St. Lucia

St. Lucia

Things to do - general

The volcanic island of Saint Lucia ( St. Lucia ) is more mountainous than many other Caribbean islands, with the highest point being Mount Gimie, at 950 metres (3,120 feet) above sea level. Two other mountains, the Pitons, form the island’s most famous landmark. They are located between Soufriere and Choiseul on the western side of the island. Saint Lucia is also one of the few islands in the world that boasts a drive-in volcano.

The capital city of Saint Lucia ( St. Lucia ) is Castries (population 60,263), where 32.4% of the population lives. Major towns include Gros Islet, Soufriere and Vieux Fort. The local climate is tropical, moderated by northeast trade winds, with a dry season from 1 December to 31 May, and a wet season from 1 June to 30 November.

Flag
Country St.Lucia
Visa requirementsNo Visa Required
Languages spokenEnglish
Currency usedEastern Caribbean Dollar (XCD) $1 USD - $2.70 XCD
Area (km2)617 km² /238.23 sq mi

Things to do

The Pitons Photo by John Fife / CC License

The most iconic mountains on St.Lucia if not in the entire Caribbean. The pair of mountains called the Pitons (Gros Piton and Petit Piton ). The Pitons are gorgeous standing side by side towering into the sky the pitons are beautiful from both land and sea and offers an amazing hiking trail


Rodney Bay Photo by John Fife / CC License

The most iconic mountains on St.Lucia if not in the entire Caribbean. The pair of mountains called the Pitons (Gros Piton and Petit Piton ). The Pitons are gorgeous standing side by side towering into the sky the pitons are beautiful from both land and sea and offers an amazing hiking trail


Pigeon Islands Photo by Scott Ingram / CC License

Pigeon Island, located next to Rodney Bay, is beautiful and steeped in history. It is home to numerous forts,  used by the british to spy on french ships. But the island is not only a historic site but it offers beautiful beaches to enjoy, and is ranked pretty high on the things to do in St.Lucia list.


Jazz- Festival jazz-2 We touched on the St.Lucia Jazz Festival in our last post, and it is definitely one of the top things to do in St.Lucia . Excelent cuisine and amazing music by artist such as Robin Thicke, Flo Rida, Beres Hammond and John Secada. The St.Lucia Jazz Festical is known worldwide  and is a great opportunity to experience a large festival while still enjoying the Caribbean.
Treetop Adventure Park zipline2 Trees flying by, wind rushing through your hair, soaring over a rich green canopy. Zip-lining is such a rush of adrenaline and no adventure vacation to St.Lucia is complete without  a visit to the Treetop Adventure Park not onliy is ziplining available but many other adventurous activities that you will find absolutely thrilling, it is a must. Adventure tours website : www.adventuretourstlucia.com/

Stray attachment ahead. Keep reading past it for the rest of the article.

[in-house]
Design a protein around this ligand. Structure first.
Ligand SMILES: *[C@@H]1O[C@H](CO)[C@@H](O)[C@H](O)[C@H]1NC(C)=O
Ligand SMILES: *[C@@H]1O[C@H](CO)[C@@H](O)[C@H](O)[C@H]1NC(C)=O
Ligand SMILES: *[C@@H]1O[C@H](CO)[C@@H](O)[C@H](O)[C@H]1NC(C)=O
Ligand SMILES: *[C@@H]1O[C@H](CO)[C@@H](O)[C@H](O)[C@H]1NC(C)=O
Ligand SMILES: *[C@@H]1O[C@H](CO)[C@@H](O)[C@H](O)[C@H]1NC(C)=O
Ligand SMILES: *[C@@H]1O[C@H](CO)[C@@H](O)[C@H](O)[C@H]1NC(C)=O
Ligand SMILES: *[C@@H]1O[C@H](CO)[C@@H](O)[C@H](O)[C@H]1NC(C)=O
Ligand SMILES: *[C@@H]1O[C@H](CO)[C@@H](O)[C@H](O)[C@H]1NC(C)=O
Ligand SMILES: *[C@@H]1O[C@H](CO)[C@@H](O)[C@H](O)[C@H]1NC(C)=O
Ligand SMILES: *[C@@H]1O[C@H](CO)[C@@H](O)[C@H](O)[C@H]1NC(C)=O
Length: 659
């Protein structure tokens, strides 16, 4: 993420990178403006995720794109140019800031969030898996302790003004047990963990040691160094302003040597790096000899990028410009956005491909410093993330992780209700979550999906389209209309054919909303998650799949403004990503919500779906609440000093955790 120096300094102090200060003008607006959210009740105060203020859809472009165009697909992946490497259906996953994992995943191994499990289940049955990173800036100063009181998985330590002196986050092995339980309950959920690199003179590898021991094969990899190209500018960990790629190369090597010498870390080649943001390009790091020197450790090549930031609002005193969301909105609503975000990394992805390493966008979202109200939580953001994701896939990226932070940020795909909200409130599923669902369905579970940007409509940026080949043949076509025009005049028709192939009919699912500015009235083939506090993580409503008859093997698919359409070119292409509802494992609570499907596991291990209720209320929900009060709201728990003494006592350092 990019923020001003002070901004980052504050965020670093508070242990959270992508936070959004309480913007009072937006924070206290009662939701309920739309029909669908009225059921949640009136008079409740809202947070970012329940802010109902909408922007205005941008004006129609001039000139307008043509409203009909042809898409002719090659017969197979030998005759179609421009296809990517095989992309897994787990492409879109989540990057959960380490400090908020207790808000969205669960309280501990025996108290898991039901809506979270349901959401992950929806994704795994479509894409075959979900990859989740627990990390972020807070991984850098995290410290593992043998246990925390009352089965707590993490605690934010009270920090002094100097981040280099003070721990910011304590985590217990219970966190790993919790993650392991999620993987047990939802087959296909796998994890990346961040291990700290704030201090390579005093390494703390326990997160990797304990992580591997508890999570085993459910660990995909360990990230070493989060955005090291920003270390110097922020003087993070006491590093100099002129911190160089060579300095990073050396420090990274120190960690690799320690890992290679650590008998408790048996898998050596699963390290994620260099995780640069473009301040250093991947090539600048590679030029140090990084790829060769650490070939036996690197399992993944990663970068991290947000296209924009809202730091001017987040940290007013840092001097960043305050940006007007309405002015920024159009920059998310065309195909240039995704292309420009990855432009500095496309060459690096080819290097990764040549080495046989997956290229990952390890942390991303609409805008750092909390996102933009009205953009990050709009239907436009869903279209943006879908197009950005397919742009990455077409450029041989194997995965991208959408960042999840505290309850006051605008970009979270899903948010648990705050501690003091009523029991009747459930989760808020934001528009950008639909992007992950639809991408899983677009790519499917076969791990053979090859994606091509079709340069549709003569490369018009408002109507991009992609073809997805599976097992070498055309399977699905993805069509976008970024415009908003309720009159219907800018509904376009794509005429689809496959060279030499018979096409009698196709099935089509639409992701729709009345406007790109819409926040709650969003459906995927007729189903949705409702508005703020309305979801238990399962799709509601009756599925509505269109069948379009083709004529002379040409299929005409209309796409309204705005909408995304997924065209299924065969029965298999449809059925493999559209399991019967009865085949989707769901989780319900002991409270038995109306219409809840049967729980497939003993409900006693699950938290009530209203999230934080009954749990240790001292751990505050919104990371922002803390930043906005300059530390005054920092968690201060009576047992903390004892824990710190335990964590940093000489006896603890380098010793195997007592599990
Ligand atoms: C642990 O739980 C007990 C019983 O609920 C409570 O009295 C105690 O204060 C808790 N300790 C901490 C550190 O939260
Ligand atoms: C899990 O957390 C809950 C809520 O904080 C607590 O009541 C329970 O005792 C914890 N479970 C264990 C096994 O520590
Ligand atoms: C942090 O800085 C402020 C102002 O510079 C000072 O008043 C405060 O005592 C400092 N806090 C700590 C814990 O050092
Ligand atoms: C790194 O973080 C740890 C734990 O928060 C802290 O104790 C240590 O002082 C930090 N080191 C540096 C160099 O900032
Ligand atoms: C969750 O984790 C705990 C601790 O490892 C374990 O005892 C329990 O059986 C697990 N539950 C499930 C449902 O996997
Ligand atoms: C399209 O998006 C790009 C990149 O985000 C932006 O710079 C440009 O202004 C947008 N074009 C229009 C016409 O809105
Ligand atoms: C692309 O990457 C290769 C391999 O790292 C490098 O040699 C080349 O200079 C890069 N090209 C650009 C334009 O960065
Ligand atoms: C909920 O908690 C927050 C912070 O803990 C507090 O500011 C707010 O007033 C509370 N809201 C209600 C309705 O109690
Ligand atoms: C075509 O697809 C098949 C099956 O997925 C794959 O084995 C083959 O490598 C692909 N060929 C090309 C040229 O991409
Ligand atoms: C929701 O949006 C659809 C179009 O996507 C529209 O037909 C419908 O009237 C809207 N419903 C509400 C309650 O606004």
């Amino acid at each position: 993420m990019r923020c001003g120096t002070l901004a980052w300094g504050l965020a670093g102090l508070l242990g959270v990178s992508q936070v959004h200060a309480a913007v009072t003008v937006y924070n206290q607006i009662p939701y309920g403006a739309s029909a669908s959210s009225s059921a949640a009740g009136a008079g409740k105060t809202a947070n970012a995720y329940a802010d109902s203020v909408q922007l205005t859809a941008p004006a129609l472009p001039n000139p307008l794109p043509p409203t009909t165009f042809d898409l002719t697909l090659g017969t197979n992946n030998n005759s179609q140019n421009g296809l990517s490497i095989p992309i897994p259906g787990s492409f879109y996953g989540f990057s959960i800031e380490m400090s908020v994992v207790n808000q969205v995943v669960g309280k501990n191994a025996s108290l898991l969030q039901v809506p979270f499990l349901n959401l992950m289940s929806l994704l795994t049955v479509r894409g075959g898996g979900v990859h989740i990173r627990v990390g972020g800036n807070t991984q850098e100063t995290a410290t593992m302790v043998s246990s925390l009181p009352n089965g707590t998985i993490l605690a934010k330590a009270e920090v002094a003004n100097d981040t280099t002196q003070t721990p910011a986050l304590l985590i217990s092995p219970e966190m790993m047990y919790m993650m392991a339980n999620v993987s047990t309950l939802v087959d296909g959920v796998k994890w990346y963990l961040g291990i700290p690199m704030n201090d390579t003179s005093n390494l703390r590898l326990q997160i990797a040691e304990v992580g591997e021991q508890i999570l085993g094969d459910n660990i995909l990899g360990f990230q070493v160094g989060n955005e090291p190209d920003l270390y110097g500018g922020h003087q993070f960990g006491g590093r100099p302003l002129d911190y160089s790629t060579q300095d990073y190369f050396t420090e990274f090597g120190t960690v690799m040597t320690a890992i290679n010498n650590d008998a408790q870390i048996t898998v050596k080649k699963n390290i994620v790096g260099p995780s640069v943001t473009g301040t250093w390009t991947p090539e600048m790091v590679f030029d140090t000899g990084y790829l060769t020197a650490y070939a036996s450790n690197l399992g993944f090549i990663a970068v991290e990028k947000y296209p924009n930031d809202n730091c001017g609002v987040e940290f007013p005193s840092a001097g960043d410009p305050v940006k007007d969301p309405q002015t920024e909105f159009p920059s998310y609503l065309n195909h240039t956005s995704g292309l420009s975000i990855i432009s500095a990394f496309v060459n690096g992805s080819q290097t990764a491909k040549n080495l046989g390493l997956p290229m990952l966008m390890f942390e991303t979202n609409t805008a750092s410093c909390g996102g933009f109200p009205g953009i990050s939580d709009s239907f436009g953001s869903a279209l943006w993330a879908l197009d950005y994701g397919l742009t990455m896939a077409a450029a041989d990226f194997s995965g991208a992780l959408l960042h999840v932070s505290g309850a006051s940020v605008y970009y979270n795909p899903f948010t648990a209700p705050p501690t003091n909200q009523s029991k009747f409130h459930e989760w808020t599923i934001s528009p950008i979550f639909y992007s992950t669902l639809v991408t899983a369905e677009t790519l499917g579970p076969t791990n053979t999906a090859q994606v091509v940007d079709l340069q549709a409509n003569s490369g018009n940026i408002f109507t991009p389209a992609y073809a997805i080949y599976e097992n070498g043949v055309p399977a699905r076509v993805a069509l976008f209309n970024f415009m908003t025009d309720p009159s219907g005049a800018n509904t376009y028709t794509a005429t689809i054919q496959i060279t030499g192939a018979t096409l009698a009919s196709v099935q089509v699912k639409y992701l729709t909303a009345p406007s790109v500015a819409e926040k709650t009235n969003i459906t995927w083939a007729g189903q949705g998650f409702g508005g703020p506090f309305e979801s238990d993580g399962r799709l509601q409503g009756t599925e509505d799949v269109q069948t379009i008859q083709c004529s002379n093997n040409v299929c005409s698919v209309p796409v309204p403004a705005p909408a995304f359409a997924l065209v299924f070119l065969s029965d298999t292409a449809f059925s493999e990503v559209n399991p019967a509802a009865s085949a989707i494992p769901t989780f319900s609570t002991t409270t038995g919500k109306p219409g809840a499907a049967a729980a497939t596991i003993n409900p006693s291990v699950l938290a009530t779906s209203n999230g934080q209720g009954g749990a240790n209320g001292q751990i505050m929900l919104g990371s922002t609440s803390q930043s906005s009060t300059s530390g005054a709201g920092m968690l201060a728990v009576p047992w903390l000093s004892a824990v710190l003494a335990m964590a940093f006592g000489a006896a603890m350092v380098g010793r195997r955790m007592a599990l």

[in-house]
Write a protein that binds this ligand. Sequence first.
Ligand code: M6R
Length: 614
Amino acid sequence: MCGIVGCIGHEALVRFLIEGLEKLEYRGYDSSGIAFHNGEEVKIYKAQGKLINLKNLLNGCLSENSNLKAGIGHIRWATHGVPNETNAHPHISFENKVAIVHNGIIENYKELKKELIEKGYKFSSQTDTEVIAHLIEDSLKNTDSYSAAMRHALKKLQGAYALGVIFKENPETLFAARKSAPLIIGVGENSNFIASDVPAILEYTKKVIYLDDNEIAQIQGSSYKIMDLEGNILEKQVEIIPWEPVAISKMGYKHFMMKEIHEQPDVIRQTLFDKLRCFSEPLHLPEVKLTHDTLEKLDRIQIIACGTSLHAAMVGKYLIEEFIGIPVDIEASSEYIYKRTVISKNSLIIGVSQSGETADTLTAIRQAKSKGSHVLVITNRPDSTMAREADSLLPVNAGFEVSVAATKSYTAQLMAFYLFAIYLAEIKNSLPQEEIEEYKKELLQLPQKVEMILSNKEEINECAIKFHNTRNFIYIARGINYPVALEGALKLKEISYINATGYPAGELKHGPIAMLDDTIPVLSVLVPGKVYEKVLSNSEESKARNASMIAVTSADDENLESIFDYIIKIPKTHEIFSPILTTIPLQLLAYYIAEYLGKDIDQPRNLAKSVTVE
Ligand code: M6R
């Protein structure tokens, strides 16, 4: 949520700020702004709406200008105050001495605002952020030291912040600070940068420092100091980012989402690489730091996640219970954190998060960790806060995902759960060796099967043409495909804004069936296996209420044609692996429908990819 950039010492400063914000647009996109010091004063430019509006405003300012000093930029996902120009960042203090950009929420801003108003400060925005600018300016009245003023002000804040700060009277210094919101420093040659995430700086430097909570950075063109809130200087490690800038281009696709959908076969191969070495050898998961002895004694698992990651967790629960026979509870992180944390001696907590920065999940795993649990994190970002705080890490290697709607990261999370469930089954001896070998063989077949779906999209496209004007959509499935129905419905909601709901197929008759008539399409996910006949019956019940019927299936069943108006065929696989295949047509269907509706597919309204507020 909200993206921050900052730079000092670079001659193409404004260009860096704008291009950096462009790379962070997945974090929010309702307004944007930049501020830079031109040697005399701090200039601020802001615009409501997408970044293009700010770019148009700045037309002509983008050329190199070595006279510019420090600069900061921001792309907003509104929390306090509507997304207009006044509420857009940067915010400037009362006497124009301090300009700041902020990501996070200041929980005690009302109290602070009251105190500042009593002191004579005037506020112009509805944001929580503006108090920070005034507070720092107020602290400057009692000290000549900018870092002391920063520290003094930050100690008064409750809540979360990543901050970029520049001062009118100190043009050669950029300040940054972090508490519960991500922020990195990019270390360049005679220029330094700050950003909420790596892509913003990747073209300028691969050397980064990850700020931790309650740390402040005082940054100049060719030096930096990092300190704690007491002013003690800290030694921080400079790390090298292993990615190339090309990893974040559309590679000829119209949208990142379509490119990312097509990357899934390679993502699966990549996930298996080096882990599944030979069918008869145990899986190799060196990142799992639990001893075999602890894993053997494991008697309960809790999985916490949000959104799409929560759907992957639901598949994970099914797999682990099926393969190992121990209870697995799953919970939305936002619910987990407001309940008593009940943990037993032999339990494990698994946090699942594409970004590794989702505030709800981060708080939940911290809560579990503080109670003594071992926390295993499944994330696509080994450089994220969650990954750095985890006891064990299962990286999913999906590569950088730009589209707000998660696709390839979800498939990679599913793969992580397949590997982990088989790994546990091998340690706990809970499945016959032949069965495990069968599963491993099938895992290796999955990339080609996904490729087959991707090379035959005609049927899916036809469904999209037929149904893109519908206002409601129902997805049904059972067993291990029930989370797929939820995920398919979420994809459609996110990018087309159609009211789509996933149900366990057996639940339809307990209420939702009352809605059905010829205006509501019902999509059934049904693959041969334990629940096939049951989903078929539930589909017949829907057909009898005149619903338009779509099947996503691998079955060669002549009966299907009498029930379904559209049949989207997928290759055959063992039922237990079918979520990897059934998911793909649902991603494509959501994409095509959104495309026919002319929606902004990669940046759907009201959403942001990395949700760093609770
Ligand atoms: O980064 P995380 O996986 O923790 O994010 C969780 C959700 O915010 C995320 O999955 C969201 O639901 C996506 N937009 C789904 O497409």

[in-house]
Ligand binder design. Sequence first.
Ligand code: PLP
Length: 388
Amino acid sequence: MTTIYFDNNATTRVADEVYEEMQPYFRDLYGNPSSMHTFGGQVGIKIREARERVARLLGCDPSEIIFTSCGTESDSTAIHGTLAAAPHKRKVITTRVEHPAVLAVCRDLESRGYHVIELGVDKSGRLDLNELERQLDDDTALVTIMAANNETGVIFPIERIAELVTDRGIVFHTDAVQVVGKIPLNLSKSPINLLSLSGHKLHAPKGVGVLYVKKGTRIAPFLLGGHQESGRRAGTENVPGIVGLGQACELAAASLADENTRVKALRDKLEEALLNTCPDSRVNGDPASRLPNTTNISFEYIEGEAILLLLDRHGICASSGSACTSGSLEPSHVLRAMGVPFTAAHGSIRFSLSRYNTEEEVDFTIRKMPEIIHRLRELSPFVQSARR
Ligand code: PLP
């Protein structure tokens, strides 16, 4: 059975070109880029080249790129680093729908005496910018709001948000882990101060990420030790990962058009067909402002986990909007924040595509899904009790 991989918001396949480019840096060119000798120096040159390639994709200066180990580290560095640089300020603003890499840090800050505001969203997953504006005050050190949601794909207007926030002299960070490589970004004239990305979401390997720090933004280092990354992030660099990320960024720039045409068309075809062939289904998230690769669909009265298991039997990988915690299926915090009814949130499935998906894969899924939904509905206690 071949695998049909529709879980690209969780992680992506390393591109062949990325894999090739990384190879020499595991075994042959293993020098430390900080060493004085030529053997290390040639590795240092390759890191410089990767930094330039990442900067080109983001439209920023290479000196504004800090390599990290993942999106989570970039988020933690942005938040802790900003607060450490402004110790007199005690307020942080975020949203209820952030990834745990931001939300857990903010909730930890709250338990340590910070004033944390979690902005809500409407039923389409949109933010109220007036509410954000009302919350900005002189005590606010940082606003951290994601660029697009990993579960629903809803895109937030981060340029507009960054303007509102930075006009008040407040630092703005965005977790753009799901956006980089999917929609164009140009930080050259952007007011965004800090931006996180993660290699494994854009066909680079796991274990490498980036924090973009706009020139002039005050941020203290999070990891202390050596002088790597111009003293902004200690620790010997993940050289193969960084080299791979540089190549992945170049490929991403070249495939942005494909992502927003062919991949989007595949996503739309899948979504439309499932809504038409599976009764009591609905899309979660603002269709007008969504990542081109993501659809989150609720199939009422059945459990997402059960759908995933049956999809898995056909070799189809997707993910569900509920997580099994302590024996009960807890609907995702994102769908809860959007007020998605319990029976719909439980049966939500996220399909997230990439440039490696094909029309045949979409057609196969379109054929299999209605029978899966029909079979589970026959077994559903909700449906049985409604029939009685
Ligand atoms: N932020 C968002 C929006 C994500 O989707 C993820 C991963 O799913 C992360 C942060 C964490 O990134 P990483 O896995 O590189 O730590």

Soufriere (Worlds only drive in Volcano)

Soufriere welcome to what is advertised as the worlds only drive in volcano, If you are envisioning driving through a cave with lava flowing down the walls into pools of magma, like some journey to the center of the earth, that would be awesome but incredibly dangerous. on the other hand Soufrier allows you to drive up the side of the volcano to the top where your able to enjoy sulphur Baths as well as soaking in water heated from the volcano below


Pigeon Island pigeon-island Pigeon Island, located next to Rodney Bay, is beautiful and steeped in history. It is home to numerous forts,  used by the british to spy on french ships. But the island is not only a historic site but it offers beautiful beaches to enjoy, and is ranked pretty high on the things to do in St.Lucia list.
Splash Island Water Park image taken from Splash island water park Image Source: splash island water park

Within Rodney Bay itself is a rather new attraction but an awesome one, and it is called Splash Island Water Park, no day at the beach (Rodney Bay in specific) is complete without experienceing the Splash Island Water Park. Lots of fun to be had and a great place for the entire family to hang out  


Jounen Kweyol 5db91f6d80a6a6b4d04b7412651c2019 Get engulfed in the culture of St.Lucia with the fesitval Jounen Kweyol (Creole Day). Local dishes and drinks like roasted breadfruit, Green fig and Salt fish, Souse, fried bake and floats, golden apple juice, cocoa tea and many more, as well as lovely Kweyol music. The culture of St.Lucia really does come alive in festivals such as these. Jounen Kweyol is celebrated on the last Sunday of October.

Culture and history info

History

The French pirate Francois le Clerc (also known as Jambe de Bois, due to his wooden leg) frequently visited Saint Lucia in the 1550s. It was not until years later, around 1600, that the first European camp was started by the Dutch, at what is now Vieux Fort. In 1605, an English vessel called the Olive Branch was blown off-course on its way to Guyana, and the 67 colonists started a settlement on Saint Lucia. After five weeks, only 19 survived, due to disease and conflict with the Caribs, so they fled the island. The French officially claimed the island in 1635 but it was the English who attempted the next European settlement in 1639, but that too was wiped out by the Caribs.

French colony

In 1643, a French expedition sent out from Martinique by Jacques Dyel du Parquet, the governor of Martinique, established a permanent settlement on the island. De Rousselan was appointed the island's governor, took a Carib wife and remained in post until his death in 1654.

In 1664, Thomas Warner (son of Sir Thomas Warner, the governor of St Kitts) claimed Saint Lucia for England. He brought 1,000 men to defend it from the French, but after two years, only 89 survived with the rest dying mostly due to disease. In 1666 theFrench West India Company resumed control of the island, which in 1674 was made an official French crown colony as a dependency of Martinique.

18th and 19th century